Hill ‘n’ Dale’s Violence, a son of Medaglia d’Oro who was a $600,000 yearling and won three of his four starts, including the GI Cashcall Futurity, and was second to Orb in the GII Fountain of Youth S. in what turned out to be his final career start, is number two on the Freshman Sire List, with 11 winners and two Black-Type Winners, including last weekend’s Del Mar Juvenile Turf S. winner Encumbered. He’s been a very popular horse all along–last year 70 yearlings from his first crop averaged $88,736, and 19 yearlings this year have averaged $96,695–and has 47 yearlings catalogued, the first eight of them in Book 2.
The aforementioned Orb, Claiborne’s son of Malibu Moon who won the 2013 GI Kentucky Derby, currently ranks fifth on the Freshman Sire List, including last week’s Saratoga BTW Orbolution. Orb has been this crop’s commercial leader all along; he’s had 15 yearlings sell so far this year for an average of $315,584. He has 54 yearlings catalogued, one in Book 1 and 26 in Book 2, so half of his yearlings are in the first week.
Coolmore’s Ashford division stands #4 on the Freshman Sire List with the undefeated Champion North American 2-Year-Old of 2012, Shanghai Bobby, by Into Mischief’s sire, Harlan’s Holiday; and #6, Declaration of War (War Front), who won the G1 Queen Anne S. and G1 Juddmonte International, and ran a close third in the GI Breeders’ Cup Classic on dirt as a 4-year-old in 2013. Shanghai Bobby has six winners, four of them Black-Type Horses, while Declaration of War also has four BTH (three GSP), including G3 winner Actress, and Olmedo, beaten a short head in the G3 Prix Des Chenes at Chantilly last Sunday. Shanghai Bobby has 54 yearlings catalogued, all but three (in Book 2) in the second week, while Declaration of War is the leading sire with first 2-year-olds by number catalogued, with 78–13 at Fasig, four in Book 1, 30 in Book 2, and 31 in the second week.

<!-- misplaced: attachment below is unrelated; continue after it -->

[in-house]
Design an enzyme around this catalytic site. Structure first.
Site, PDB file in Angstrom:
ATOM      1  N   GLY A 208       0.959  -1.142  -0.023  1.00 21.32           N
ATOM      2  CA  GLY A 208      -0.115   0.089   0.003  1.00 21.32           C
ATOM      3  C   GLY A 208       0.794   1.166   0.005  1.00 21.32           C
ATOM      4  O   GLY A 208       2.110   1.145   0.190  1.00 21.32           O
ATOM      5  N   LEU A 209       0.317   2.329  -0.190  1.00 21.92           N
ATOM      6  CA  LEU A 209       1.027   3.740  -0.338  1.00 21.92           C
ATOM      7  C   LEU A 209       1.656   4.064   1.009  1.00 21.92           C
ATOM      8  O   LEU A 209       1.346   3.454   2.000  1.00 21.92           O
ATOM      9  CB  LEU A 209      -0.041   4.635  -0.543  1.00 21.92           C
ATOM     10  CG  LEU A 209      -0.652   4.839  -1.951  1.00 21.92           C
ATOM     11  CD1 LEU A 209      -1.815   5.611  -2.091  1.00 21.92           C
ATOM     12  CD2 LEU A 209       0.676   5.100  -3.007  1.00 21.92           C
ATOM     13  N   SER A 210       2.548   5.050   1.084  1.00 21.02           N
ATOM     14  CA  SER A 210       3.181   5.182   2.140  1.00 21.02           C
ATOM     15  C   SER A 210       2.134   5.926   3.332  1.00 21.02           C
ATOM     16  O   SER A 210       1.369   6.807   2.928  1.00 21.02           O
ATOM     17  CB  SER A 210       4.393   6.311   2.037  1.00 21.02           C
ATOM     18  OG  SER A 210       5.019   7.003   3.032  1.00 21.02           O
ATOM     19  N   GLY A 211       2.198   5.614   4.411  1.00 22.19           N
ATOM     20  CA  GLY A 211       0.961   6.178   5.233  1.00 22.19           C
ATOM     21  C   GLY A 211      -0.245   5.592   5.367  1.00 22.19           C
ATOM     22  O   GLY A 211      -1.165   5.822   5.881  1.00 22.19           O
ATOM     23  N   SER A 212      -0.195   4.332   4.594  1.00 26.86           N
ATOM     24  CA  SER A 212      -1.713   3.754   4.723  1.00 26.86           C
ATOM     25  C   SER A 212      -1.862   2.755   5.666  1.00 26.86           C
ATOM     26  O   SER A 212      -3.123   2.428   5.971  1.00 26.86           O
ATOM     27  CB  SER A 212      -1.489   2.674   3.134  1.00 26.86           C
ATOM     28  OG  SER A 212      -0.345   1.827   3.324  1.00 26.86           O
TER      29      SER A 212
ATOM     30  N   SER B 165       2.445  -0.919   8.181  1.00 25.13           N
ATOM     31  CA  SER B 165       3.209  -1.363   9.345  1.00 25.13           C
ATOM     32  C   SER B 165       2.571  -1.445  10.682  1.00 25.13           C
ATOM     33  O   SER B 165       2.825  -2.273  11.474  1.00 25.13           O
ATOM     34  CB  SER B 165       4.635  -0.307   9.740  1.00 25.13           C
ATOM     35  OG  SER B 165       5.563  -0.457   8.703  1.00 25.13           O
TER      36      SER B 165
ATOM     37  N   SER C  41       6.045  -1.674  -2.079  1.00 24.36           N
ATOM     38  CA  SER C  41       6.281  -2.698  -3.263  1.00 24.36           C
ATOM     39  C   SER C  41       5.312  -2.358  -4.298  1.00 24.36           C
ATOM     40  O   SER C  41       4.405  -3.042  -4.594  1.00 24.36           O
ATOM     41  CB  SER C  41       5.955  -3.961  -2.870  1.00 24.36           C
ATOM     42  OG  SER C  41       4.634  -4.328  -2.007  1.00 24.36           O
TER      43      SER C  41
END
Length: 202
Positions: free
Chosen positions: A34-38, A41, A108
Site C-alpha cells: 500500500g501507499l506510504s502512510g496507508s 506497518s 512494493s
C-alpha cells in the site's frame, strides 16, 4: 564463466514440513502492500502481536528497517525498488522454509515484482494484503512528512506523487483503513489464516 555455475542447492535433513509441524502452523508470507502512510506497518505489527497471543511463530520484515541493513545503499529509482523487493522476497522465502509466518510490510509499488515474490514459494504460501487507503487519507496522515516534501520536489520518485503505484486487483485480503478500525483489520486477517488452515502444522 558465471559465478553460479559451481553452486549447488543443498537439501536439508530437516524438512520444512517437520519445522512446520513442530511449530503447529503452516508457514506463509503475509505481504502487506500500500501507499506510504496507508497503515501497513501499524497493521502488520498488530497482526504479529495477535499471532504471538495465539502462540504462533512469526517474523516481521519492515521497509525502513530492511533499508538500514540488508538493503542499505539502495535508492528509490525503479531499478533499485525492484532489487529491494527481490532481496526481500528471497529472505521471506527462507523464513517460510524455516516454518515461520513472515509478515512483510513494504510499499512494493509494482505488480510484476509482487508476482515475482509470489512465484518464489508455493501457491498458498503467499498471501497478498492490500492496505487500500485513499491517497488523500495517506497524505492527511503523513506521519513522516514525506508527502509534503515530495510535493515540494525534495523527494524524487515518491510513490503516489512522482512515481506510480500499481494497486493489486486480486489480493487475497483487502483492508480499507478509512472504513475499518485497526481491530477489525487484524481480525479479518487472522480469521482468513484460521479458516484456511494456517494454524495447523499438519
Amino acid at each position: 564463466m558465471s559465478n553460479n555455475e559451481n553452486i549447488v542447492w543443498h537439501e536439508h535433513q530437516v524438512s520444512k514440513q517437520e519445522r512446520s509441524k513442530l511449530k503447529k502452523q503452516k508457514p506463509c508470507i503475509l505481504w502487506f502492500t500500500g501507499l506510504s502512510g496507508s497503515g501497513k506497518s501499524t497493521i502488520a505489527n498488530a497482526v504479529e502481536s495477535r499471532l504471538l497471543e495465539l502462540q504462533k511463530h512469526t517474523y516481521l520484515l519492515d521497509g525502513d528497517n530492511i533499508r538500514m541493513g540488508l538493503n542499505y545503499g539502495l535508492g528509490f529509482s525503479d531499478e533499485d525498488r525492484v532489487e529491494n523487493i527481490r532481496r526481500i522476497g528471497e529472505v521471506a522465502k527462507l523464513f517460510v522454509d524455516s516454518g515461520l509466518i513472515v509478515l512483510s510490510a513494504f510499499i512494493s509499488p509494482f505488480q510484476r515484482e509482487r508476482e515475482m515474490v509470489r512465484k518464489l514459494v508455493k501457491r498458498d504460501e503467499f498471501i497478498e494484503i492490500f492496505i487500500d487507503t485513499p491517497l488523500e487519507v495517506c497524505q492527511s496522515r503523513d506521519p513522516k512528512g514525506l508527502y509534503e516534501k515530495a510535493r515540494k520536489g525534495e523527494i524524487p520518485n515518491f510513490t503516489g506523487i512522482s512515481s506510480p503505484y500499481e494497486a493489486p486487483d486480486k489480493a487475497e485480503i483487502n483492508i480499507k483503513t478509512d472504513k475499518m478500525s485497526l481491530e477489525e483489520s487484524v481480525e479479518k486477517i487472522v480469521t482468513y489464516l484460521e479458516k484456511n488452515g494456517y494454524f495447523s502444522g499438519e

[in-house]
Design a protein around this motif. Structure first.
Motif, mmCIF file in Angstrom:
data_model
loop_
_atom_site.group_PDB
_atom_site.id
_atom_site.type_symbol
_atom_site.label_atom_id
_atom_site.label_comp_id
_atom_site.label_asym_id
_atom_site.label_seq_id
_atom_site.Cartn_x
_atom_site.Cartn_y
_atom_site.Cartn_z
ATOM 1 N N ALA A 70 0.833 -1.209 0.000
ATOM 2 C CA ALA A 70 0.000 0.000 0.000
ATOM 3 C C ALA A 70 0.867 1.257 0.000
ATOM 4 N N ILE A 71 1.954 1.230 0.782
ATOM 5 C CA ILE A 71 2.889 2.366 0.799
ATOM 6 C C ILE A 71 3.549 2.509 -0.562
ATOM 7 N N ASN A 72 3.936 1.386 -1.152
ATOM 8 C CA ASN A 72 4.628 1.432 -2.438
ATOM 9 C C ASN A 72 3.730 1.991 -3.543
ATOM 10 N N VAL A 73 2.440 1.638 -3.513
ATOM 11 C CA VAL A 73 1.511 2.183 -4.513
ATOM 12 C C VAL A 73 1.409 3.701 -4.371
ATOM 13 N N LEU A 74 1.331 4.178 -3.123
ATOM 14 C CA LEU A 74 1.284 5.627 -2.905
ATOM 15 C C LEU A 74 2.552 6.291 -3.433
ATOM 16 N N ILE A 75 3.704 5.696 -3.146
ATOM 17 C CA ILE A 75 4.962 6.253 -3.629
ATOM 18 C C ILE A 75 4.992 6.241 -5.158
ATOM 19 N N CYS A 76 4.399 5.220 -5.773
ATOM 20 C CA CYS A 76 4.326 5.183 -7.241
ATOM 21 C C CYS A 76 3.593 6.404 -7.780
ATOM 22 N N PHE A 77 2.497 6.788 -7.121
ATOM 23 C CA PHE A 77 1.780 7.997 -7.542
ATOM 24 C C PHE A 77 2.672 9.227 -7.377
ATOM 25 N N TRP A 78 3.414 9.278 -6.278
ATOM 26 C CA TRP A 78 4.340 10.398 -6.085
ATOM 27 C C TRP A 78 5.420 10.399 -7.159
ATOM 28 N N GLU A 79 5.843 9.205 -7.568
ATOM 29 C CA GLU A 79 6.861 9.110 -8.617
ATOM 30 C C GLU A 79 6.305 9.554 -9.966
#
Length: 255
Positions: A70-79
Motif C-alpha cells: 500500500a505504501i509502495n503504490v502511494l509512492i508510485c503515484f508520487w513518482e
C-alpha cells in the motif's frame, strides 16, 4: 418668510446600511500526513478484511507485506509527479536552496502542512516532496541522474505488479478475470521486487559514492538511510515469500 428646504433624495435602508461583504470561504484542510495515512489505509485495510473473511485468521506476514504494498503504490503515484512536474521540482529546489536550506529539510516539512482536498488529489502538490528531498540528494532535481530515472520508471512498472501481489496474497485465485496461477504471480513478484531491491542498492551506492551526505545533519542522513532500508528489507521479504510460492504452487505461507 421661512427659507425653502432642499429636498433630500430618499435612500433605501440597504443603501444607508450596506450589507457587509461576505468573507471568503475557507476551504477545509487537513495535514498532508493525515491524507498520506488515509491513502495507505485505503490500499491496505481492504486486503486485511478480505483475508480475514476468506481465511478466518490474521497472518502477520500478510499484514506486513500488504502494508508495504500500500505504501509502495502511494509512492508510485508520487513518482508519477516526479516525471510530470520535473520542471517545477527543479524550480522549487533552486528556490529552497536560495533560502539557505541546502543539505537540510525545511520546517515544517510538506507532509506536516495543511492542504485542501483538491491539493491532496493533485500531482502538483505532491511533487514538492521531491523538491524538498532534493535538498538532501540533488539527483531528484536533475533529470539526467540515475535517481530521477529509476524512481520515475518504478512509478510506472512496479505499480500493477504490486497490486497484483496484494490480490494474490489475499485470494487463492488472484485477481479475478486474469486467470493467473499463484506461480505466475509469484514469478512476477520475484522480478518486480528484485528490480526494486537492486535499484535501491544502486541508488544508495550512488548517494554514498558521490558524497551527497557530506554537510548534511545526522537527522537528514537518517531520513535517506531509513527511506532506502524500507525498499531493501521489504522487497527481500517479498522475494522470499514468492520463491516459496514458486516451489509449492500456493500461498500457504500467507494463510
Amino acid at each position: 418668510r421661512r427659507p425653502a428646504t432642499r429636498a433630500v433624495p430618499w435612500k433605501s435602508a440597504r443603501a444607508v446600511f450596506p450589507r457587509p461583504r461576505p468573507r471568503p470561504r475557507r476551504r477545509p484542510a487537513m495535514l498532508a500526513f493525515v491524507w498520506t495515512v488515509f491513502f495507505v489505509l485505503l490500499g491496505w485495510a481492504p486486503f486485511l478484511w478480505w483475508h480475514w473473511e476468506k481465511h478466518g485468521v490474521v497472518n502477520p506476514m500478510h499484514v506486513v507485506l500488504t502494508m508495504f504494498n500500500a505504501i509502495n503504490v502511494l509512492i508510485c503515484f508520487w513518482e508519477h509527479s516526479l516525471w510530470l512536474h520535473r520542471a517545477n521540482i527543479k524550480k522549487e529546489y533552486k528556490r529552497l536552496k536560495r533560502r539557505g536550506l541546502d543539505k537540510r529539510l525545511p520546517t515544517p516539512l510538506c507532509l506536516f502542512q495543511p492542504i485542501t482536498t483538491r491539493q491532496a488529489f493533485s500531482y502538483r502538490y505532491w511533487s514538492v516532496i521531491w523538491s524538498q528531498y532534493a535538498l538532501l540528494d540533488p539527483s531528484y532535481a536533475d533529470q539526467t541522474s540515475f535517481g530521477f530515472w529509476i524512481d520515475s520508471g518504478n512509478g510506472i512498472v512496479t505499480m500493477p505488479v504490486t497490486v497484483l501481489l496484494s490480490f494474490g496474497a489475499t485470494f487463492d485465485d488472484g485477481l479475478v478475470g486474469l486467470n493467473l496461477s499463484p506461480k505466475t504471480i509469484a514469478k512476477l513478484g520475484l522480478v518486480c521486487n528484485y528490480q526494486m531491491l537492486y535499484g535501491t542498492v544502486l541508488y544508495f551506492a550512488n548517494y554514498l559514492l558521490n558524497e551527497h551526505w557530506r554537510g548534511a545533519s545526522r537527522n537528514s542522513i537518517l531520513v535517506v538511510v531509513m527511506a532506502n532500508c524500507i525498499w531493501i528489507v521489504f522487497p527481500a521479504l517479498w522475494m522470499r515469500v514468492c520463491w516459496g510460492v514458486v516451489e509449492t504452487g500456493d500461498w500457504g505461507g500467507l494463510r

Not forgetting the first-crop sires, who will of course evince plenty of interest themselves. Ashford’s dual Grade I winner Verrazano tops the charts with 75 catalogued, and is one of seven first-year sires with more than 35 catalogued. Three Chimneys’ 2013 Champion 3-year-old Will Take Charge, who has already had 11 yearlings average $257,272 (click here–first-crop yearling sires, NA only), has 65 catalogued, while Lane’s End’s Noble Mission and Airdrie’s Cairo Prince have 58 and 54 catalogued, respectively. All four of these have double-digit representation in the first week. The top seven first-year sires by number catalogued are rounded out by WinStar’s Fed Biz (45 catalogued), Spendthrift’s dual GI Breeders’ Cup Dirt Mile winner Goldencents (43), and Three Chimneys’ Strong Mandate, Wayne Lukas’s previous GI Hopeful S. winner by Tiznow for owners Baker and Mack (he won it again on Monday for the same owners, by the same sire, with Sporting Chance). Strong Mandate, who has 38 catalogued, had an $825,000 filly at Saratoga, and thus ranks, at least for now, second on the first-crop sires table with six sold for an average of $222,833. While that average is sure to fall, he’s still made quite an impression for a $10,000 sire.